National Independence, Women's Political Participation, and Life Expectancy in Norway

by Jenna Nobles, Ryan Andrew Brown, Ralph C. Catalano

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This study investigates the role of national independence and women’s political participation on population health using historical lifespan data from Norway. The authors use time-series methods to analyze data measuring the actual length of time lived by Norwegian birth cohorts spanning a 61 year period surrounding the political emancipation of Norway from Sweden in 1905 and the establishment of a Norwegian monarchy in 1906. The use of a discrete, historical event improves their ability to interpret the population health effects of national independence and women’s political participation as causal. They find a large and significant positive effect on the lifespan of Norwegian females born in the 1906 cohort. Interestingly, the effect does not extend to all living females during the Norwegian drive toward sovereignty. They conclude that the beneficial effects were likely conferred through intrauterine biological transfers and/or neonatal investments specific to the first year of life.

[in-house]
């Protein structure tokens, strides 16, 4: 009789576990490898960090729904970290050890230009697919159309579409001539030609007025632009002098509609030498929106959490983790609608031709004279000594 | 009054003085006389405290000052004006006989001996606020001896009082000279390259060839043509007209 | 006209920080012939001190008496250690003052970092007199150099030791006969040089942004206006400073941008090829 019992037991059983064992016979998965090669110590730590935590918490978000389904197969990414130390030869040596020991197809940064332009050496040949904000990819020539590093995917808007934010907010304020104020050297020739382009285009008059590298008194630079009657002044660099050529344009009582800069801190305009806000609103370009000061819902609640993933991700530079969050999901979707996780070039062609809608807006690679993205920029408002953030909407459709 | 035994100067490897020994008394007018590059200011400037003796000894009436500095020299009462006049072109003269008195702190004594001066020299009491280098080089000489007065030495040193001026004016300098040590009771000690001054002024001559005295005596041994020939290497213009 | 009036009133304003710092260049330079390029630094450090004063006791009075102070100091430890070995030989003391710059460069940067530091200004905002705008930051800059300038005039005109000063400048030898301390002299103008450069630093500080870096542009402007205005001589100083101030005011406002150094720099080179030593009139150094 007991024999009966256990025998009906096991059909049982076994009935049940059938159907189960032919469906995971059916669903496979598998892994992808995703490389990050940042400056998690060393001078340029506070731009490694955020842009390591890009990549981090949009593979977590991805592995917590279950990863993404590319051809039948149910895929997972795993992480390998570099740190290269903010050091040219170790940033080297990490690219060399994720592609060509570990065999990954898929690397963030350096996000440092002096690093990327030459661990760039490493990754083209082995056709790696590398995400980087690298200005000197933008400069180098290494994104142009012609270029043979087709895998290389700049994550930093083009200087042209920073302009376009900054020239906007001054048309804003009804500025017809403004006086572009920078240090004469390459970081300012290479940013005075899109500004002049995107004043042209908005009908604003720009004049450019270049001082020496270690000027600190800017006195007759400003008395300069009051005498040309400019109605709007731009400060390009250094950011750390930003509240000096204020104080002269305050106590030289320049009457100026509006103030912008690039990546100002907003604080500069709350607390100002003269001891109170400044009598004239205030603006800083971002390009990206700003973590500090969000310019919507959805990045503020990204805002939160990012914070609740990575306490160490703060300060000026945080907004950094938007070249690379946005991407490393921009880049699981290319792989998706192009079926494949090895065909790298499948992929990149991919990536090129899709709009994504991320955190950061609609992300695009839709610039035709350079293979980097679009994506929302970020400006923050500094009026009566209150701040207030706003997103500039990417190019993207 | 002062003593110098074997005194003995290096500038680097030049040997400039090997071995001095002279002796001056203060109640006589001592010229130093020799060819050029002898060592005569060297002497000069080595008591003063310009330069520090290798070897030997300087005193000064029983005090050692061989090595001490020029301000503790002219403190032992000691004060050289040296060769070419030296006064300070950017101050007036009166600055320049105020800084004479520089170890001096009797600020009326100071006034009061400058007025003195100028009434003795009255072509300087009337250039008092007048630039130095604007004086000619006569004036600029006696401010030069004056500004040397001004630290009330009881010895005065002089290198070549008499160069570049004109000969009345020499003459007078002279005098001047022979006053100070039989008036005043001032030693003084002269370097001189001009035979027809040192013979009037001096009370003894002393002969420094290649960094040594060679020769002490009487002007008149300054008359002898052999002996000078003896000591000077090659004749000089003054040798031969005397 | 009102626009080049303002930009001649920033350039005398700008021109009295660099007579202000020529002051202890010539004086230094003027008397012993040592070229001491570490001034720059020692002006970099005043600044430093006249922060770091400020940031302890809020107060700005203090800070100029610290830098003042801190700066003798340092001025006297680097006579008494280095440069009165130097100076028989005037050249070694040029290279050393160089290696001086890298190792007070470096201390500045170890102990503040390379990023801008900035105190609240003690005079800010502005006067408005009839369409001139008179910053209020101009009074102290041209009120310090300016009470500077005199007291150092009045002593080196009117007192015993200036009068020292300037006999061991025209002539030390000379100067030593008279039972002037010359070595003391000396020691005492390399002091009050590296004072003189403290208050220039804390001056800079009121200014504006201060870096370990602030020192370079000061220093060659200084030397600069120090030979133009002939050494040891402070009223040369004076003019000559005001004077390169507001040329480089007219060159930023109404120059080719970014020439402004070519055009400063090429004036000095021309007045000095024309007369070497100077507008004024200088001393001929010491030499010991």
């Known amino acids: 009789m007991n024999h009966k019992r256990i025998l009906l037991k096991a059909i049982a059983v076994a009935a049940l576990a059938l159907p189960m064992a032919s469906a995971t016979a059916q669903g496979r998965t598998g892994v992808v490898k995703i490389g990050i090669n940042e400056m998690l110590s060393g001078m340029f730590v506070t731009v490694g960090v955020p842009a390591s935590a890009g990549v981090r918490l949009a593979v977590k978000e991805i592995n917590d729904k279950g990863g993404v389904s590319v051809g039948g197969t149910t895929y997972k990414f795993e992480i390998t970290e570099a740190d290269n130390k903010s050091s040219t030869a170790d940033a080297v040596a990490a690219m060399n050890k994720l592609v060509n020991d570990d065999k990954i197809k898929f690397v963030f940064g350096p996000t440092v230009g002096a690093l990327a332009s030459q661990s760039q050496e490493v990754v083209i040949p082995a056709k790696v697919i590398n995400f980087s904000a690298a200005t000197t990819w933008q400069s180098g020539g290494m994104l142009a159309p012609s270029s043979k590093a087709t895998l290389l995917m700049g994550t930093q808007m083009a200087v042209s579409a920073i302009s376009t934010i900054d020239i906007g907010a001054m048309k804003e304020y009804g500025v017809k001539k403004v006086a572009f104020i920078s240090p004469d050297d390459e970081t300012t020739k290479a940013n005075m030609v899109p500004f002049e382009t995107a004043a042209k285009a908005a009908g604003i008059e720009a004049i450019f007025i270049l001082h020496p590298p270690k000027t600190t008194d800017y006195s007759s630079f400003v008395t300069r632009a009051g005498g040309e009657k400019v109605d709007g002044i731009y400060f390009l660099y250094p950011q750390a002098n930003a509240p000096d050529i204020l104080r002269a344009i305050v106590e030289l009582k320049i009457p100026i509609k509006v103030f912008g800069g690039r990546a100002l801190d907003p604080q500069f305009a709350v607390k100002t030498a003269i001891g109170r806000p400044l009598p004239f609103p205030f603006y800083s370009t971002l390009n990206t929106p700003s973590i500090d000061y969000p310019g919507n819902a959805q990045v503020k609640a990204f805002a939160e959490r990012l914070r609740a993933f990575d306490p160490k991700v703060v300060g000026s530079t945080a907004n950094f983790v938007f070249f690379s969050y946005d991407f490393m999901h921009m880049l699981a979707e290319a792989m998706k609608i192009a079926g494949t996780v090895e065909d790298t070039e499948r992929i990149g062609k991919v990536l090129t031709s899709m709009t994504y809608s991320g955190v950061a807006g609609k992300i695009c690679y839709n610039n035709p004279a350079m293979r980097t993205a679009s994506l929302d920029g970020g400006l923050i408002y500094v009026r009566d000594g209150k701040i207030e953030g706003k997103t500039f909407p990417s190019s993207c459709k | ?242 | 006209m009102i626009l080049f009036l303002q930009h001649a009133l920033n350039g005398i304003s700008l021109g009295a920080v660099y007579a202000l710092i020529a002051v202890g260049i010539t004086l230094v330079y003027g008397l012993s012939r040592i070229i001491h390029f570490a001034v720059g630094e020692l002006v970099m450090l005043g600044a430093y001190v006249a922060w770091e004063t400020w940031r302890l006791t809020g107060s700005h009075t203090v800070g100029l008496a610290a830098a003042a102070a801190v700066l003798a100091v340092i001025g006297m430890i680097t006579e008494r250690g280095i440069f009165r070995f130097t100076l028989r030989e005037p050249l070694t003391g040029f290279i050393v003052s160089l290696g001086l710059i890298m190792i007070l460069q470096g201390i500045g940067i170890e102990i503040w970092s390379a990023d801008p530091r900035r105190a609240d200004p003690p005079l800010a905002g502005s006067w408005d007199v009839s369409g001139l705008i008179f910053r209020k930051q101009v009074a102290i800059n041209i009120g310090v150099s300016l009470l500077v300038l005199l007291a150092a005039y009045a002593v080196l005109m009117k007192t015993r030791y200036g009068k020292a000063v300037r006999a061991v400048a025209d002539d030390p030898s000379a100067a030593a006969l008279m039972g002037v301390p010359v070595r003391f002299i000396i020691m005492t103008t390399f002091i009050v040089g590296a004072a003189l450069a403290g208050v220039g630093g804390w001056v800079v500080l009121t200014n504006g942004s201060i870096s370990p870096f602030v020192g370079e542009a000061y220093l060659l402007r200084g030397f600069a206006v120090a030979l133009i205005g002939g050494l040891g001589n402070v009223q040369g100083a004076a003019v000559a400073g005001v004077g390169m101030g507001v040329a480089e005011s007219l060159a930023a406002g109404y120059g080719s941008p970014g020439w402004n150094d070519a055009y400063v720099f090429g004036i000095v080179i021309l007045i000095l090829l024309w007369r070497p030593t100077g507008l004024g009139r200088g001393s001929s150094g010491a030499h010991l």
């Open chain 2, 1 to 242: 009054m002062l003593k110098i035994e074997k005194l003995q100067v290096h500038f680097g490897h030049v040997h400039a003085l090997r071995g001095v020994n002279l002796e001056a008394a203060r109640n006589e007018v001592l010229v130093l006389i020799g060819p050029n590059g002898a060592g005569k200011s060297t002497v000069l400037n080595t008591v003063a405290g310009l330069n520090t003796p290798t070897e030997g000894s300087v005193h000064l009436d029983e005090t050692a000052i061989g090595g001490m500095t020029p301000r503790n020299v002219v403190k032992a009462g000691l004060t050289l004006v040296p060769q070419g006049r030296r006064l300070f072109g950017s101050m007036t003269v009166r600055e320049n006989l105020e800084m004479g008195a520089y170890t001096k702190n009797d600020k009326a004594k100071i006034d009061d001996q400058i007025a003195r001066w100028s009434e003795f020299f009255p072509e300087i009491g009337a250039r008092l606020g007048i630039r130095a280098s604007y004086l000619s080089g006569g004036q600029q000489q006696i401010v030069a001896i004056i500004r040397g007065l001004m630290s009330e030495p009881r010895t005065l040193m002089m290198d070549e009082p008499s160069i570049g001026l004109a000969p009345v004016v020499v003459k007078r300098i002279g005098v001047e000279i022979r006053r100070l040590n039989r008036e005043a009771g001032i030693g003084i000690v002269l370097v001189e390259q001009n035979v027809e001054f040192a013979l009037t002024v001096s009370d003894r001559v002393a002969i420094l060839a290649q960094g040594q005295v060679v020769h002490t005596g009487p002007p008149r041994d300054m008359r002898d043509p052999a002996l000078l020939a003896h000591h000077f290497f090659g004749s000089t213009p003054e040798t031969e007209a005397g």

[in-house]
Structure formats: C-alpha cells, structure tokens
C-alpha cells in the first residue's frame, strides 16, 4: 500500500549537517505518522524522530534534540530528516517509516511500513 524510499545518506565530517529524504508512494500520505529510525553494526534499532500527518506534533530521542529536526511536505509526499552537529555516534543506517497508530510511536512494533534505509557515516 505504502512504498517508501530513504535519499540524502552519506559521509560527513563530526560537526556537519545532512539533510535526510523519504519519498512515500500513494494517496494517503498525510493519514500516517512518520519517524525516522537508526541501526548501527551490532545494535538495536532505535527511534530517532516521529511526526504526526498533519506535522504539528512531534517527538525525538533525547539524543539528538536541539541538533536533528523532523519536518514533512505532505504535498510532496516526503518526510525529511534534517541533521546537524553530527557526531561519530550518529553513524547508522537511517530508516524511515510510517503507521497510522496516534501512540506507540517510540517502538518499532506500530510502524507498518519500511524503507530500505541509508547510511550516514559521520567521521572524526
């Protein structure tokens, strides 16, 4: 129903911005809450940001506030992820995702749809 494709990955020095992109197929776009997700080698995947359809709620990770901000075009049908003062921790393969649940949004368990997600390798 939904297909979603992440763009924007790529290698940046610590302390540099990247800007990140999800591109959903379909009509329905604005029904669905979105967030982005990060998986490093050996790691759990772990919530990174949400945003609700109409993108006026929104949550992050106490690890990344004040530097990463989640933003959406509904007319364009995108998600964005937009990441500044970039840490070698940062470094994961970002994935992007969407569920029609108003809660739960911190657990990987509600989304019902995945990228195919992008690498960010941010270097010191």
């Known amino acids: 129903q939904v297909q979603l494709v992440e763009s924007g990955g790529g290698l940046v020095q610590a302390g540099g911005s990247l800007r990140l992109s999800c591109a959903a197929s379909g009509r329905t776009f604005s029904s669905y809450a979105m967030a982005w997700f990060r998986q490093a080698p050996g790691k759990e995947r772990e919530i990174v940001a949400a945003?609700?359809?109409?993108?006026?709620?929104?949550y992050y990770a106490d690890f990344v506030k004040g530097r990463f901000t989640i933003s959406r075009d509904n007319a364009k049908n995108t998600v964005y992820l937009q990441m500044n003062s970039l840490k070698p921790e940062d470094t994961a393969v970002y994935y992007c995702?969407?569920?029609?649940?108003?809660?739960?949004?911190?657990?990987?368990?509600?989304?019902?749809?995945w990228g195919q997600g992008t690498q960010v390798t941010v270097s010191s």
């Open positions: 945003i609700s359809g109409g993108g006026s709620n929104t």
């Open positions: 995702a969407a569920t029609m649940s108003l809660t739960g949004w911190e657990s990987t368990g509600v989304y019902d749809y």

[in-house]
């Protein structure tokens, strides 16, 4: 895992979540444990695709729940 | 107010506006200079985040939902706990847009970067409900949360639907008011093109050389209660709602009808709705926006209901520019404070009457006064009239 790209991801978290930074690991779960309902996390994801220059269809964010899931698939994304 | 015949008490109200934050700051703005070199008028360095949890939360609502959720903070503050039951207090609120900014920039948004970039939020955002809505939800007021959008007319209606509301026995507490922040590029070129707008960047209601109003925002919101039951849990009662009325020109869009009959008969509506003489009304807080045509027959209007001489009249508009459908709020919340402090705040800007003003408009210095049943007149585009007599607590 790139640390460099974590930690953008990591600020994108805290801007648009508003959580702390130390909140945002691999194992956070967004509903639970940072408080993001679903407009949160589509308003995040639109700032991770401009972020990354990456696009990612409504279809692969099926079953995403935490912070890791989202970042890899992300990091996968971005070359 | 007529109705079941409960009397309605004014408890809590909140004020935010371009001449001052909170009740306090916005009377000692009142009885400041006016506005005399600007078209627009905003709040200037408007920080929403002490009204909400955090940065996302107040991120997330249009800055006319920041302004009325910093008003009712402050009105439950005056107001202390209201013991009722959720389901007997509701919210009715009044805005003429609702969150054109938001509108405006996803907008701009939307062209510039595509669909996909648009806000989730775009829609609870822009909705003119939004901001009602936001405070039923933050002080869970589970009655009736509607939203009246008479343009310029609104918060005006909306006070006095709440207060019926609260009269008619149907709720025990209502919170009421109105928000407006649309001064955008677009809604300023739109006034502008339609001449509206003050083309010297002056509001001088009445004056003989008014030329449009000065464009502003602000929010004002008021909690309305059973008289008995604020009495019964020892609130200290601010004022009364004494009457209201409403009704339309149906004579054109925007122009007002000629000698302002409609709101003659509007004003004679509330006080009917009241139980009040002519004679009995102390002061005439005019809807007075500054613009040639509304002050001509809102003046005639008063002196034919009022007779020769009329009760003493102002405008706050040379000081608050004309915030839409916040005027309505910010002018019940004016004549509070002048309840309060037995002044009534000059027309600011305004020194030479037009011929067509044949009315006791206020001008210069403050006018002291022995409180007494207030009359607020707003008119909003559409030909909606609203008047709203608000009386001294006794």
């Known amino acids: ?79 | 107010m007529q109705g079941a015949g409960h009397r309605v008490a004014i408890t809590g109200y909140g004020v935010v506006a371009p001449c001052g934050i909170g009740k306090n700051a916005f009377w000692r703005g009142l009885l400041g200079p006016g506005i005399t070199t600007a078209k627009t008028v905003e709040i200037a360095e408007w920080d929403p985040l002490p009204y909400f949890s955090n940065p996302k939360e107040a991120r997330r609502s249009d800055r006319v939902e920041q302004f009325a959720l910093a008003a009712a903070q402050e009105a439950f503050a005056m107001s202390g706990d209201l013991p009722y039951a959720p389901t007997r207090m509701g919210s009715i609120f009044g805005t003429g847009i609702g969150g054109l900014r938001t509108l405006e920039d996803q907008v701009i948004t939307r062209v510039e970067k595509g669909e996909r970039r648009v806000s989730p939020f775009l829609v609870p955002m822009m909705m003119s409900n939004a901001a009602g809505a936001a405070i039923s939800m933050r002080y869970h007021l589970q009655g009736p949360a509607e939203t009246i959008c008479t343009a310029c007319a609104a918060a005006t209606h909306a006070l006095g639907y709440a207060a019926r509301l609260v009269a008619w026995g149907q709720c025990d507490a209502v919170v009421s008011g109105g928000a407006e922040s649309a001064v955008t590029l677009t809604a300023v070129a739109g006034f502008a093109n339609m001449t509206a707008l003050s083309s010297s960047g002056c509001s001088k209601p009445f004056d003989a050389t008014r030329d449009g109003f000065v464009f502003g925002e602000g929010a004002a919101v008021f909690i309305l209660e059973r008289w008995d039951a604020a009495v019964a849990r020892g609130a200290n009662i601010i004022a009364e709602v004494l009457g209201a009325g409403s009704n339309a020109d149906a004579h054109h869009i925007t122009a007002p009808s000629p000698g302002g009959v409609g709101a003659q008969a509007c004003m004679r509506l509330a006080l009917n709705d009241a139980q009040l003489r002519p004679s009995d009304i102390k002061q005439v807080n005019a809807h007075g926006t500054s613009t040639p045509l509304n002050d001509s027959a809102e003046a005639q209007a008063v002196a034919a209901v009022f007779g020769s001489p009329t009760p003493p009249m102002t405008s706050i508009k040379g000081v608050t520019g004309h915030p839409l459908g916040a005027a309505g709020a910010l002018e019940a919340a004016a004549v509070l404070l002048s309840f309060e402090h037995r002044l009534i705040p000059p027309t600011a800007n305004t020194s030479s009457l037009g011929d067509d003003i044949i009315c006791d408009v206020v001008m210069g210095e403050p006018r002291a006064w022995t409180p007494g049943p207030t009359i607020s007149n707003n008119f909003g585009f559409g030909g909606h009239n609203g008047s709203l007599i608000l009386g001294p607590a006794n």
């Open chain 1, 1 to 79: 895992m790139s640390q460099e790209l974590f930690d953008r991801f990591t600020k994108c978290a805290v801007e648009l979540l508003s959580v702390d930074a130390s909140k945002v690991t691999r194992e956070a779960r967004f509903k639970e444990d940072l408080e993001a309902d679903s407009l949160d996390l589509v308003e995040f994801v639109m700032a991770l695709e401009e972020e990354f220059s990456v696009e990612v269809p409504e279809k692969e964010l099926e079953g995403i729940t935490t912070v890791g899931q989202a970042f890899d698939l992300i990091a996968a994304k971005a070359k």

This paper series was made possible by the NIA funded RAND Center for the Study of Aging and the NICHD funded RAND Population Research Center.

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